Built In Capos Sterner TM

Taylor Piccolo Banjo Converter

Brass bar flush with fretboard. Spring loaded lever.
This TAYLOR - LIVERPOOL 5-string banjo has a very ingenious built in capo. It converts the regular banjo into a  piccolo banjo, one octave higher. At the 12th fret there is a brass bar with slots for the strings inlayed flush with the fingerboard. There is a separate hook for the fifth string on the 17th fret. The whole shebang is spring loaded with a lever at the back of the neck. When pressed it raises the brass bar to permit the strings to be hooked into the slots. When the spring is released the strings are held in position at the 12th and 17th fret.
Lever is pressed... ...and the bar raises.
Photos: Pete Stanley, London


Windsor Banjeaurine Attachment

Windsor Banjeaurine Attachment

This photocopy shows the fretboard of a regular 5-string banjo with metal attachments permanently inlayed and  fastened with screws at the 7th and 12th fret. When the strings are slipped under the tongues in the plates, the banjo is converted into a banjeaurine. Made by Windsor & Taylor in England around 1900.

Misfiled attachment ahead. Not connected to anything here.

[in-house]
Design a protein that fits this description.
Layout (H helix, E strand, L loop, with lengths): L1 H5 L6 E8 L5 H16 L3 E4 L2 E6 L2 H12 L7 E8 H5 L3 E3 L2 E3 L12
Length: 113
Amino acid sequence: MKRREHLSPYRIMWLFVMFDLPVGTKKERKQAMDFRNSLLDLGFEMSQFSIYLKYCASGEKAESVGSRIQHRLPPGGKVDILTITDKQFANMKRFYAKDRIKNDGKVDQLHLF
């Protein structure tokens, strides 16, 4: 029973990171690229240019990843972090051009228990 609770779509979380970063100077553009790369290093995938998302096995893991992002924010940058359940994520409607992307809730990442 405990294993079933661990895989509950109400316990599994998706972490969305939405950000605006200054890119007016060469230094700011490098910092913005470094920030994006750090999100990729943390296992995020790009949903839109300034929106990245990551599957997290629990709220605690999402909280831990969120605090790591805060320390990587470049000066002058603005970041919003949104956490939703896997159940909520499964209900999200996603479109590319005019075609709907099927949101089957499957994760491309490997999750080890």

Nechville Capobility

Nechville Capobility

Tom Nechville designed this built in banjo capo system. The neck has flush mounted recessed tracks running the entire length of the fingerboard on each side. The main rolling capo and a separate 5th string capo run within these tracks and can be stationed behind the nut when not in use. Either capo part is used by simply pulling it up to any of the 22 frets. The fifth string is extended all the way to the nut, making it possible to capo the fifth string below the fifth fret.

Nechville Musical Products



Capo in use. Capo stored above the zero fret.

Ned Steinberger designed this electric guitar with an integrated capo. As there are no tuning pegs at this end of the guitar, the capo rests comfortably above the zero fret without interfering with the hand.